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Netting Improvements: What Everybody Wants, Doesn'

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WASHINGTON (–As the members of Congress flee Washington for their August break, they leave behind a stalled bankruptcy bill, and the issue of financial netting reform remains in abeyance.

Negotiators for the House of Representatives and the Senate reached an agreement last week on a bill resolving the differences that had held up the sort of bankruptcy reform that has been urgently pursued by credit card companies, banks and the finance divisions of the automobile manufacturers for five years.

Both houses have long agreed on the need for netting reform–i.e. a provision that would deny an automatic stay to set-offs under swap or netting agreements and would restrict the authority of a bankruptcy trustee in regard to such transfers. There is some concern that, in the absence of such provisions, the insolvency of a large financial institution and its effort to renege on swaps and netting agreements could cause a liquidity crisis in the world financial system.

Scott Duncan, a spokesman for the Financial Services Committee of the House, said Tuesday “everybody understands the importance of netting, especially since the collapse of Enron.” He added that “everybody is still in shock over the sudden collapse of the deal,” to push through an omnibus bankruptcy reform, which would have included netting improvements, this week.

Netting improvements have been the subject of a good deal of discussion since the fall of 1998, when officials of the Federal Reserve had to step in and negotiate a winding-down of the positions of Long-Term Capital Management.

Although there have been some efforts to pass netting reform on a stand-alone basis, for the most part this has been but one piece within the larger bankruptcy puzzle, and the delays in its enactment have resulted from that status. President Clinton pocket-vetoed a previous incarnation of bankruptcy reform, in December 2000, because he believed its consumer provisions unfair to insolvent consumers.

In early 2001, there arose a distinction between the two chambers over the treatment of the American investors (or “names”) in Lloyd’s of London, the market that in the 17th century pioneered the very idea of insurance. (Previous HedgeWorld Story) The House was determined to protect the American names, blocking the enforcement of judgments in foreign courts by the U.S. courts if the U.S. creditors could show that they had been the victims of fraud between 1975 and 1993. The Senate initially included a similar provision but quickly backed off, after White House lobbying concerning the potential diplomatic repercussions of such a move. The House, in conference this year, likewise backed off, so the finished bill as of last week did nothing for the names.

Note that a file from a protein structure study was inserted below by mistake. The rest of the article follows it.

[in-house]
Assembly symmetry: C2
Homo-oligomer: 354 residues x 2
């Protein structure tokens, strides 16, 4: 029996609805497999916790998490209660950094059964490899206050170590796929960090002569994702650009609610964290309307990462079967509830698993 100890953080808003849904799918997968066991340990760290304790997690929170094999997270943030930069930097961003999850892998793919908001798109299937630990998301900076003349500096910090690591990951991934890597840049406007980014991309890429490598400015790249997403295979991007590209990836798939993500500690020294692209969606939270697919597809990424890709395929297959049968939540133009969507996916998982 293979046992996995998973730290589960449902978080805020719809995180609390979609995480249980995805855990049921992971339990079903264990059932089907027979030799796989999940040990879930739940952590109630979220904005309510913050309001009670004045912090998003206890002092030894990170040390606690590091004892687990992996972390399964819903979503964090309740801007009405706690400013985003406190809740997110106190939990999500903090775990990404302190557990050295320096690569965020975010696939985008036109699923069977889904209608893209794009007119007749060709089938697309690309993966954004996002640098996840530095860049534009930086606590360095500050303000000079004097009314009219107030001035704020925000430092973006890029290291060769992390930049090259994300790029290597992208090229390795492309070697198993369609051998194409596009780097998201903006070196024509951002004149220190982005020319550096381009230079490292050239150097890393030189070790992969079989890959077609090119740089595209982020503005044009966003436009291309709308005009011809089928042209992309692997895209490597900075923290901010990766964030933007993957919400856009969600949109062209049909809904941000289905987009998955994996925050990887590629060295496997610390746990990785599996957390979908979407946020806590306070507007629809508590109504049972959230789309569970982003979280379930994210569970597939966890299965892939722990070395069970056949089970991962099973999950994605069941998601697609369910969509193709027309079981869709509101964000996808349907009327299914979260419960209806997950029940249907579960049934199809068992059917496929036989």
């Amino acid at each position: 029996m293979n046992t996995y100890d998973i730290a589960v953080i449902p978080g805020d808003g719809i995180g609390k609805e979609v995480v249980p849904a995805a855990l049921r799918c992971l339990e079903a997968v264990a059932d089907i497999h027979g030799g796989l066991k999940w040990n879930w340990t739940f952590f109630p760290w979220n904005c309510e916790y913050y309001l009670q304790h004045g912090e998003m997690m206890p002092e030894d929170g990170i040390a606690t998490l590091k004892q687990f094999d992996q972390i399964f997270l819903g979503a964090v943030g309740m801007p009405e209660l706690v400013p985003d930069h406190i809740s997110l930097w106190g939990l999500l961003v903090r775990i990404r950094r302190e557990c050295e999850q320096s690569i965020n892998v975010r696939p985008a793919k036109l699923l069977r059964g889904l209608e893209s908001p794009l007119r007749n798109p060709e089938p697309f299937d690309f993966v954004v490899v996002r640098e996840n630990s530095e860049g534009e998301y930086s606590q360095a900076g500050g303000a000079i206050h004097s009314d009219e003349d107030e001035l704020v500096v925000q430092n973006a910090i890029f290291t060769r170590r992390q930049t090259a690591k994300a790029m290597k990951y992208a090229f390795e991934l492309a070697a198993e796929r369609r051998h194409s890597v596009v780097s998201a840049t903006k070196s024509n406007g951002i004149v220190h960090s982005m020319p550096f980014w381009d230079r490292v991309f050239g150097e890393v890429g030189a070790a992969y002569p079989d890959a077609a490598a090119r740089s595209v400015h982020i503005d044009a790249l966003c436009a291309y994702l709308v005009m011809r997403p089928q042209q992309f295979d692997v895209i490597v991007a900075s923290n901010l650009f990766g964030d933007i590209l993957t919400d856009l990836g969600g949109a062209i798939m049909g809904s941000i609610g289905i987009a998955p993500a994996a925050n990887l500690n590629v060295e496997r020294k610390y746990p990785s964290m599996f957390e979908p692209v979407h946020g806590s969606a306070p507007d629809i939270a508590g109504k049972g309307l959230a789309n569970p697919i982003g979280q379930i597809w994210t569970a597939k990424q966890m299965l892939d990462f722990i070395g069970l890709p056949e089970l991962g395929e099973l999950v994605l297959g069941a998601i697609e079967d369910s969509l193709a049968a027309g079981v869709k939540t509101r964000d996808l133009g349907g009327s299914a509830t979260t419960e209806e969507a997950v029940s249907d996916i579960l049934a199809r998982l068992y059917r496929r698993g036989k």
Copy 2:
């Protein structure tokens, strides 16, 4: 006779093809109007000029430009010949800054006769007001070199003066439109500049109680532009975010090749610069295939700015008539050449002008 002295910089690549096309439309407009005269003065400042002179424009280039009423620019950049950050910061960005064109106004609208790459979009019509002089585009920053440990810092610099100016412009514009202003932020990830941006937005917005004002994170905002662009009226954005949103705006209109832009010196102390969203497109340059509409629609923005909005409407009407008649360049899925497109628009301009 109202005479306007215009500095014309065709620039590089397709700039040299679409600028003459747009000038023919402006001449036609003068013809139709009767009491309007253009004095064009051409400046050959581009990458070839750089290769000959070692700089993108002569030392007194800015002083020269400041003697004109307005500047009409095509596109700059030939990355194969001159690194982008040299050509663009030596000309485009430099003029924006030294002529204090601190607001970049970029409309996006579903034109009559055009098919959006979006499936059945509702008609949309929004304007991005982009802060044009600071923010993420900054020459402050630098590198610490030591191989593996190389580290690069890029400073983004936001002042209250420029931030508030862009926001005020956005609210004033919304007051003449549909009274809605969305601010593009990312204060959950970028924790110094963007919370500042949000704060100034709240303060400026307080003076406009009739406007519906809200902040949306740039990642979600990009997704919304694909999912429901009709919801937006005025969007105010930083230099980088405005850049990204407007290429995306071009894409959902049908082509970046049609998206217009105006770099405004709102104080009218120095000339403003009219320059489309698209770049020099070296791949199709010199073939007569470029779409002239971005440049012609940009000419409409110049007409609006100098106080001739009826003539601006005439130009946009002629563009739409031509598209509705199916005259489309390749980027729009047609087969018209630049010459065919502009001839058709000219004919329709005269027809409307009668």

The last snag, it seemed, was abortion. The Senate version of the bill prohibited abortion-clinic protestors who incur civil liabilities as a result of those activities from discharging those liabilities in bankruptcy. The House version did not. The conferees drafted language limiting the exclusion to those protestors who intentionally or knowingly violate the law.

Both chambers were set to vote on the bill this week. But the House leadership faced a rebellion by some members of its rank and file, such as by Christopher Smith (R – N.J.). Rep. Smith believes that the bill’s language could still lead to injustices at the expense of peaceful protestors concerned with what he and they regard as a vital moral issue.

Mr. Duncan declined to say whether the issue would be revived later in the session, as that was “pure speculation.” Members will return to work Sept. 4, and they will probably stay for longer than a month, despite their need to return to their home districts for their re-election campaigns because there are “a number of appropriations bills that have to be cleared.”


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